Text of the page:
A few years before writing our book, we participated in a meeting about knowledge and thinking. The conversations at the meeting proceeded as though students could learn at a deep level without any surface knowledge. The participants used the terms “superficial knowledge” and “surface learning” interchangeably and in a somewhat demeaning tone. At the time, we puzzled over this, but could not, and did not, raise any questions about the terms or the assumptions surrounding them. While we both believed there was something wrong, we couldn’t defend our position, so we were quiet. It certainly seemed that something was amiss. The conversations seemed to have some basis in “if you can google it, why learn it…?” and that position we had also rejected.

Instead of asking questions or starting a conversation with other participants, we did a lot of reading and found that it was common to use the terms as synonymous. These sources went a step further and attributed what we would call “skills” to what they were calling “knowledge.” We came to realize we really hadn’t clearly defined a few things for ourselves. The meeting we attended made us really introspective, reflective, and insecure about our own understandings of knowledge and thinking.  What came next was a journey dedicated to learning more about learning itself.

To be perfectly honest, we did not set out to learn about learning. We were studying creativity at the time this surface / superficial / deep thing started to really bug us and the two of us were approaching our creativity study with two very different knowledge banks. Christine had taken art history courses and is a good amateur artist. Dick had taken no art history courses and can barely take a picture that does not include his thumb. Dick plowed into book after book on Impressionist and Post-Impressionist artists and he started by reading Ross King narratives. For an illustration of surface and superficial knowledge and its influence on deep learning, let’s get into Dick’s head as he reads one of these narratives, Mad Enchantment; Claude Monet’s Painting of the Water Lilies.

So, think of Dick reading to gain a foothold on Monet’s career so that he, Dick, could learn about how Monet learned over time. He wants to gain some surface knowledge before he goes deeper, but he also encounters a lot of superficial knowledge in King’s narratives about Monet. King sets the stage and develops a sense of character with this superficial knowledge. He describes Monet as a person. King is leading Dick’s learning with engaging personal details about his subject. For example, King notes that Monet begins each morning with a glass of white wine (superficial, no doubt); and that he paints sketches of the Rouen Cathedral and then returns home to finish the paintings from memory (surface knowledge most likely since that information holds a key to what Dick is after–information about how Monet works to learn).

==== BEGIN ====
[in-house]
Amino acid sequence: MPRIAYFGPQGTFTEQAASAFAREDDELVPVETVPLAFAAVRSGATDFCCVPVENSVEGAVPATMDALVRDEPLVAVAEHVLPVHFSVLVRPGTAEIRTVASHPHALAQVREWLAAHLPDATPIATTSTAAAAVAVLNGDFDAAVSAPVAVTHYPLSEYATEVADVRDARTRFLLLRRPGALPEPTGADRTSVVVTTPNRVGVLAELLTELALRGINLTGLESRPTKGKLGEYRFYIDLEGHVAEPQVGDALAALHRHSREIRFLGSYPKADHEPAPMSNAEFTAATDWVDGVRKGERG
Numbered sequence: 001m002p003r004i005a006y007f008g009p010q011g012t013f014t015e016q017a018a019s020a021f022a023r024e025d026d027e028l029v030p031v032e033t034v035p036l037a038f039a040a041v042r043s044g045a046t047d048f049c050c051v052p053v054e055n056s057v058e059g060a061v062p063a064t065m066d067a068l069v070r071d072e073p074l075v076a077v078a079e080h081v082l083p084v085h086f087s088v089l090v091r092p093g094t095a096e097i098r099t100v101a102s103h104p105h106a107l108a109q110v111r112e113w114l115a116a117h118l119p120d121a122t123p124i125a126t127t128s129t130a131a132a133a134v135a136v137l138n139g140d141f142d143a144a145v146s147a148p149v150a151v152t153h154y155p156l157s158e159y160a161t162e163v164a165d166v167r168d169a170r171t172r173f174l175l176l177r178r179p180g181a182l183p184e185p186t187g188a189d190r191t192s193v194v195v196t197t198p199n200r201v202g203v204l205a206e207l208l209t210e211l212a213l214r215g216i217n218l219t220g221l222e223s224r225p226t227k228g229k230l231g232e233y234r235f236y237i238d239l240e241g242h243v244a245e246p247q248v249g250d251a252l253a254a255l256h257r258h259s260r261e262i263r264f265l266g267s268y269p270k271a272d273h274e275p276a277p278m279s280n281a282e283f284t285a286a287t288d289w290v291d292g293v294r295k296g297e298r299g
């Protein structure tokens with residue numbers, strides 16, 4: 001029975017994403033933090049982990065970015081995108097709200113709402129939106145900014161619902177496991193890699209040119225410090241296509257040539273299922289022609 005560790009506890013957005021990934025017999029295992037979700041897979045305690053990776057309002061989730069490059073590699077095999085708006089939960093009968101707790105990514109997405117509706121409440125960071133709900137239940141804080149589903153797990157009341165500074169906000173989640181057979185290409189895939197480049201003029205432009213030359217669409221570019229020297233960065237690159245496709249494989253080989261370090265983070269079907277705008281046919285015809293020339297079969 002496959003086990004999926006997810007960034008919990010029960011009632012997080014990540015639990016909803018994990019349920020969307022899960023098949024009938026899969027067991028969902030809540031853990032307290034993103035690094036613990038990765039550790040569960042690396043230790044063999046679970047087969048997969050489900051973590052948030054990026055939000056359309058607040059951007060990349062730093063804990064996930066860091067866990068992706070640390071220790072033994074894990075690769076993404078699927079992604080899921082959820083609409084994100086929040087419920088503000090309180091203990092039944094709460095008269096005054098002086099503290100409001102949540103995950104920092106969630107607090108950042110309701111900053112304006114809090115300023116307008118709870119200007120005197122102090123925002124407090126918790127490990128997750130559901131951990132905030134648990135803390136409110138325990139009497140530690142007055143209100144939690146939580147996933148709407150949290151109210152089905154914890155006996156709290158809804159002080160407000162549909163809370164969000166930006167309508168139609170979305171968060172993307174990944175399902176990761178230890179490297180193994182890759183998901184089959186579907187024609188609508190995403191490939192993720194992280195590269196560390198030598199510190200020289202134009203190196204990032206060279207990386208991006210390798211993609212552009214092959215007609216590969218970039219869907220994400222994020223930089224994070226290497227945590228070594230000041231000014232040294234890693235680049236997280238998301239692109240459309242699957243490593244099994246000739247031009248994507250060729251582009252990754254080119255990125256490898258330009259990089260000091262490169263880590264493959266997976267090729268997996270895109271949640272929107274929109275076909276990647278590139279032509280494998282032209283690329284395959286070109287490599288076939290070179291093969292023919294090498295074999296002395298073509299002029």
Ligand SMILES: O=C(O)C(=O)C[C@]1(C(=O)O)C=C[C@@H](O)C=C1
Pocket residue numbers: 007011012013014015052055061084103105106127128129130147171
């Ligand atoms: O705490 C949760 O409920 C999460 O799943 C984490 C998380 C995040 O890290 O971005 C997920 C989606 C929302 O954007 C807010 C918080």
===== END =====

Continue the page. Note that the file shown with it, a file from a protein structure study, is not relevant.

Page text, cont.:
King goes on to inform Dick, his reader, that unlike in his youth, late in life, Monet works from what we might consider an outline or scaffold. He also misses his deadline with the Rouen Cathedral paintings and has to postpone an important public showing for a year. That is more surface information and it makes Dick wonder why that happened. What was so difficult about the Rouen Cathedral paintings? For Dick, the information could be surface or superficial, depending on whether the information contributes to Dick’s purpose for reading. In either case, the surface facts about the paintings allow Dick to dig deeper and draw conclusions about how Monet learns. The fact that Monet drinks a glass of white wine in the morning, does not contribute to the purpose.

Now Dick can dig deeper. He can put the Rouen Cathedral paintings into a larger context and begin to draw conclusions about how Monet learned over time. This is deep learning. To go deeper defines the process, deep knowledge or deep learning is a result. In this case, knowledge is becoming intertwined with a skill – a strategy about the association. In this case, Dick’s strategy is to associate the Rouen Cathedrals with Monet’s sequence of paintings over a lifetime and ask “what is changing?”

Dick now has a second strategy or skill. He has now caught up with where Christine started but from a different perspective. He can now have a conversation with her and better understand what she is saying. There is now a better collaboration.

Our belief is that one is able to learn deeply based on the nature of surface knowledge – what are the holes left or patterns created – and the skill of thinking with associative memory. Both of these require practice and when we define the “what’ of learning, we are referring to both knowledge and skills, which in our mind are intertwined.

Knowledge is a function of remembering, which requires both repetition and association. Learning is faster when these two are combined. It is the skill of association that allows for going deeper. Application, innovation and invention, creativity, evaluation – all of these are skills that involve associating one block or platform of knowledge with another. This explains a couple of strategies that have a high impact on learning on John Hattie’s list.

Spaced repetition, rehearsal, and summarization are all significant on his list and rank in the .6 to .8 range with .4 being his hinge point of importance. As you move up the scale, however, the skill of association begins to play a role. Having a learning strategy that incorporates prior knowledge has an impact above .9. Jigsawing, which requires association of like topics and association of different topics, as well as testing, has an impact of 1.2. Knowledge and the skill to recall and use it become intertwined and represent two of the three definitions we have relative to the “what” of learning. The third is habit. We want students to develop habits of mind that will promote lifelong learning and make learning easier.